Richardson Award program. Through the program, clubs can provide girls with positive
role models, while boosting their self-esteem
and empowering them to contribute to the
world in meaningful ways.
• Another way clubs can bolster girls’ selfconfidence is to host self-esteem workshops
that focus on body image, fitness and wellbeing. Clubs can also facilitate mentoring
programs to help improve girls’ self-awareness and present them with positive role
models. Clubs can apply for a Soroptimist Club
Grant for Women and Girls to help fund such
projects. For more information on Club
Grants, visit the Library section of the members-only website.
• The high cost of treatment often forces
those struggling with eating disorders to go
without the help they need. Clubs can help
alleviate this financial burden by working
with the National Eating Disorders
Association’s state advocacy network, which
works to expand insurance coverage, advocate for quality treatment, increase public
understanding of eating disorders, and urge
more funding for research. Visit
<www.nationaleatingdisorders.org> for more
information on how to get involved.
• An estimated 70 million people suffer from
eating disorders around the world. Clubs can
help by raising awareness about anorexia and
bulimia, and providing information on how
those struggling with the diseases can get
help. For more information, visit the websites
of the National Association of Anorexia
Nervosa and Associated Disorders
<www.anad.org>; the Renfrewcenter
<www.renfrewcenter.com>, and the National
Eating Disorders Association
Best for Women c December/January/February 2007
ing recovery: “I finally made the step to
go to therapy. I have depression and am
getting treatment. I am glad I did it coz I
feel a lot better now. My eating has
improved and I am working on becoming normal. ...Goodbye and lots of love,”
she wrote. In response, many members
of the community wished her well and
congratulated Sadfly on her progress.
“Just because the word ’pro’ is before
it doesn’t mean we promote the disorder,” says Meg.
In fact, most sites carry an explicit
warning, similar to this one: “This is a
haven for anorexics who aren’t willing to
recover. This is not a place for diet tips.
This is not a place for developing an eating disorder.” This particular website
requires users to go through a screening
process for membership, but many sites
don’t, and in reality, there is nothing
preventing a casual browser from delving deeply into the pro-eating disorders universe.
Meg’s website is set up like a house
with a “bathroom,” “kitchen,” “bedroom,” and “living room.” If you go into
the “bathroom,” for instance, you might
find information on laxatives and purging. In the “kitchen,” members post low
calorie recipes and dieting tricks. Meg’s
site also provides forums for members to
enter into dieting competitions, and a
section for “thinspiration,” featuring
images of emaciated models and actresses that, for people with eating disorders,
trigger anorexic and bulimic behavior
and motivate users to diet, starve and
lose weight. Site users list their physical
statistics in graphic detail: their height,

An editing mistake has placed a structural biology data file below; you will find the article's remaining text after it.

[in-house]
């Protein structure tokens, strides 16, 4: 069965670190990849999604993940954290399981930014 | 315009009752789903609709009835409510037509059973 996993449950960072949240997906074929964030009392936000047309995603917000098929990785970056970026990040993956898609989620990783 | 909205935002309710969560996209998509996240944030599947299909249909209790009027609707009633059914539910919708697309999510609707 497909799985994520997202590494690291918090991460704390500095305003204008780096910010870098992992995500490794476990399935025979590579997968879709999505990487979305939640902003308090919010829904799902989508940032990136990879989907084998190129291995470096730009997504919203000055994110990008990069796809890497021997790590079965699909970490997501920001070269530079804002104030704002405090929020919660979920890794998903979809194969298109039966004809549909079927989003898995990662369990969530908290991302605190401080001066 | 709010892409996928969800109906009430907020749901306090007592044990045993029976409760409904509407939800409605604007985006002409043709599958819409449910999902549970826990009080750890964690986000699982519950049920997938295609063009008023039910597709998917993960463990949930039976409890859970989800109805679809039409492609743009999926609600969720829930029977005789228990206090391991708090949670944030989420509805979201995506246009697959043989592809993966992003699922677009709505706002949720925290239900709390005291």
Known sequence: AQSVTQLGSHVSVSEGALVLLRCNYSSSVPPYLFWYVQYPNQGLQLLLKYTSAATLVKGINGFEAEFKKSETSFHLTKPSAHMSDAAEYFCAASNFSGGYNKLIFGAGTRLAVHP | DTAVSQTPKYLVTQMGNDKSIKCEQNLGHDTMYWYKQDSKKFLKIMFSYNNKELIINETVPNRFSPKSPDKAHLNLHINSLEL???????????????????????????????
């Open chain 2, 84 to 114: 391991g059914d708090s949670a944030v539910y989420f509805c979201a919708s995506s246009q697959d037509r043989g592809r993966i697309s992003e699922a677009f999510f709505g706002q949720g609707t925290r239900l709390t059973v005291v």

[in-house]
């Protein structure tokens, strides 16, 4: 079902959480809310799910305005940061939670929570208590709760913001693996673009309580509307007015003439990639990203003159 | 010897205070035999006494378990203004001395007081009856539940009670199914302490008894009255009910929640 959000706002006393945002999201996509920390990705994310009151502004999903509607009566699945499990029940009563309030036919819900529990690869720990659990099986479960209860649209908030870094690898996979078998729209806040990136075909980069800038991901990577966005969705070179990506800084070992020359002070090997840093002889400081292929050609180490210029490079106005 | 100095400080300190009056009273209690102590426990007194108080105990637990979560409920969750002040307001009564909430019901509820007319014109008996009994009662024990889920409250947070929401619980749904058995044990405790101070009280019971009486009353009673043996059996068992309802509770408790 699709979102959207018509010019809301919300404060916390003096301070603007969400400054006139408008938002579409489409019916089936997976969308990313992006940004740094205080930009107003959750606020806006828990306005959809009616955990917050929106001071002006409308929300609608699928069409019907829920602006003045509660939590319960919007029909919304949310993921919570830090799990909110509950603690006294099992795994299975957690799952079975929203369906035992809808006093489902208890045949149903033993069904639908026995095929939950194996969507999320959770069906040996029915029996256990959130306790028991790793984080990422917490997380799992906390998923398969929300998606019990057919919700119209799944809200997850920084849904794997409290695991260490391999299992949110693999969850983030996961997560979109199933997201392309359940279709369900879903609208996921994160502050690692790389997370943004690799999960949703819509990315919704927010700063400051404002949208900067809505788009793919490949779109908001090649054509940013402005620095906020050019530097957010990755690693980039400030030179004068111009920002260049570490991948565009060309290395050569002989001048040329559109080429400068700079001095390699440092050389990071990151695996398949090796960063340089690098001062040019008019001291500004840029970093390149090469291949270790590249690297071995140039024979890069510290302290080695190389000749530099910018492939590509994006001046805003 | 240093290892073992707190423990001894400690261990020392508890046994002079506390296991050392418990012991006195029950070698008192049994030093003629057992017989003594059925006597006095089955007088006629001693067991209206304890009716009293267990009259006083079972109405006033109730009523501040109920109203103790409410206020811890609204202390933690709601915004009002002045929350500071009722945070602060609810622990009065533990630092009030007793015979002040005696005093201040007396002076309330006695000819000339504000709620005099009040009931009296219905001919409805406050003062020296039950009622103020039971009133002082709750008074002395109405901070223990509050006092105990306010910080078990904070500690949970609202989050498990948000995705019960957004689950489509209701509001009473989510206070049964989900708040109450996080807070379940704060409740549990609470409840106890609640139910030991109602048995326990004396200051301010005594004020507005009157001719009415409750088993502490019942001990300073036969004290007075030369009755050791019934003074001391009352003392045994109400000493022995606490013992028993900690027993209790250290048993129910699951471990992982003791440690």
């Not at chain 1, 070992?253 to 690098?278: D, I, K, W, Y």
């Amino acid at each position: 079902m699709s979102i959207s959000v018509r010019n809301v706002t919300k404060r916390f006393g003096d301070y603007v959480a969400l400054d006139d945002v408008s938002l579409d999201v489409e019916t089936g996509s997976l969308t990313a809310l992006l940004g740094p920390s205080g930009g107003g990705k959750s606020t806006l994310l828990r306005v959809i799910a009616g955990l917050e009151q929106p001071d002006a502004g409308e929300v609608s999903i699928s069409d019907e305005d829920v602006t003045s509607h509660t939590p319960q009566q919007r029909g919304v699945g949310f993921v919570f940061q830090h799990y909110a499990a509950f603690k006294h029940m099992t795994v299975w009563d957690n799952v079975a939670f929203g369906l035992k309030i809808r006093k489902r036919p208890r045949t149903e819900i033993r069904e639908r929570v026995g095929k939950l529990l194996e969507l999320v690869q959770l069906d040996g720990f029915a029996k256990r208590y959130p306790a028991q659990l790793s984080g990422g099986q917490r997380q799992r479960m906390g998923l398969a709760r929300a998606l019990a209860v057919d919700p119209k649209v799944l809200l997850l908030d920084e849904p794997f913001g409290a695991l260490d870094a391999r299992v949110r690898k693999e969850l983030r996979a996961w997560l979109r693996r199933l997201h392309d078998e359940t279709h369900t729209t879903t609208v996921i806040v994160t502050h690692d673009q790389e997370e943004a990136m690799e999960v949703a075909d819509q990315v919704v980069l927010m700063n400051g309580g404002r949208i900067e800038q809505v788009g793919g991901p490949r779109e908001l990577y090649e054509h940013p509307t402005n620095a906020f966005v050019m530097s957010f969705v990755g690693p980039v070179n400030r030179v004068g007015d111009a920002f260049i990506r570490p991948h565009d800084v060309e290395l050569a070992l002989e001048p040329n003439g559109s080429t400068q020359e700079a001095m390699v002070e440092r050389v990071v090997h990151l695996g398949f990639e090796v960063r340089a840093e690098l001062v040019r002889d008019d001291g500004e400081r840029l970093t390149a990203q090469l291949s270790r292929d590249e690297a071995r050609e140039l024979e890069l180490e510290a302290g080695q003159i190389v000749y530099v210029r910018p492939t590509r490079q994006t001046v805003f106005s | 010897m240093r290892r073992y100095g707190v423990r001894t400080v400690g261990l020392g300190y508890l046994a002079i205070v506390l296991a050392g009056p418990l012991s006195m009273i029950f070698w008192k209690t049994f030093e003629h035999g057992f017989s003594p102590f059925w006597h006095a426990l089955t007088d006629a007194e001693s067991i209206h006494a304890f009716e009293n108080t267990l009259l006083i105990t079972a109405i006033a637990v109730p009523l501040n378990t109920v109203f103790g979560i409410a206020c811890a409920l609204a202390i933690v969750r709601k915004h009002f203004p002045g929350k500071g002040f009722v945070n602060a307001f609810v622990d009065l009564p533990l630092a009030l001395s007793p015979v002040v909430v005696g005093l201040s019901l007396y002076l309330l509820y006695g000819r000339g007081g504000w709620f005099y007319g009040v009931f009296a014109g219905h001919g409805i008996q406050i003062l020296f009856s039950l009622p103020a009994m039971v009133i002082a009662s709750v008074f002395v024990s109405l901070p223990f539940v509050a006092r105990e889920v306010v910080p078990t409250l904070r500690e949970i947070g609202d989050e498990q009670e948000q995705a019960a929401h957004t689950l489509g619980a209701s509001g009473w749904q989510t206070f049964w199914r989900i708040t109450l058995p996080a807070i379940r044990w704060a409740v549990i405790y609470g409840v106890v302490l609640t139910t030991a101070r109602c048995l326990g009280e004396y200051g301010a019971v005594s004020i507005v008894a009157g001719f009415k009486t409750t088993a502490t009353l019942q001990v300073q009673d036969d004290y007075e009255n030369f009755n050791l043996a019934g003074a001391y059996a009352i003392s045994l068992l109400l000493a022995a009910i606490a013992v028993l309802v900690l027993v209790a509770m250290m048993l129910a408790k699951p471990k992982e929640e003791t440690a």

current weight, highest weight, lowest
weight, goal wait and ultimate goal
weight, which is typically in the underweight category for their height. Users
often discuss issues they’re having fasting, dieting, and hiding their anorexia
from their friends and families.
Family trauma is often connected to
eating disorders. Meg believes her
anorexia is in part a response to physical
and sexual abuse she endured as a child,
a common experience among women
with eating disorders. She estimates that
around 90 percent of the young women
she knows with eating disorders have
been the victims of sexual molestation,
and Dr. Doug Bunnell of the Renfrew
Center also sees a strong correlation
between sexual and physical abuse and
eating disorders. Victims are often using
eating disorders, he says, to regain a
sense of control over their lives and destinies. “The women on my site are trying
to vocalize something with their bodies
instead of their voices,” says Meg,
“something that they can’t vocalize with
their voices.”
Meg’s site, like most pro-ana sites,
featured what are known as the “sacred
texts” of the pro-ana community. The
sacred texts—The Thin Commandments,
the Ana Creed, the Ana Psalm and the
Letter from Ana —serve to highlight the
psychological and social underpinnings
of the ideology. Many of the texts refer
to Ana as a physical being—a friend and
confidant. “I will devote myself to Ana.
She will be with me wherever I go, keeping me in line. No one else matters; she
is the only one who cares about me and
who understands me. I will honor Her
and make Her proud,” reads one version of the Ana Creed. The Thin
Commandments state that “being thin is
more important than being healthy.”
And another version of the Ana Creed
highlights the connection between
anorexia, control and the quest for perfection. “I believe in control,” it reads,
Pro-Recovery Websites
Best for Women c December/January/February 2007
A Sick and Twisted Web continued from page 15
Though there are several hundred proanorexia and pro-bulimia websites on
the Internet, many other sites offer
recovery support.
One of the largest, oldest and most
well-known pro-recovery sites on the
web is Something Fishy <www.somethingfishy.com>. Started in 1995 by a
recovering anorexic named Amy, more
than eight million users have visited
the site. The site’s goal is “raising
awareness, emphasizing always that
eating disorders are not about food
and weight; they are just the symptoms of something deeper going on
inside. We are determined to remind
each and every sufferer that they are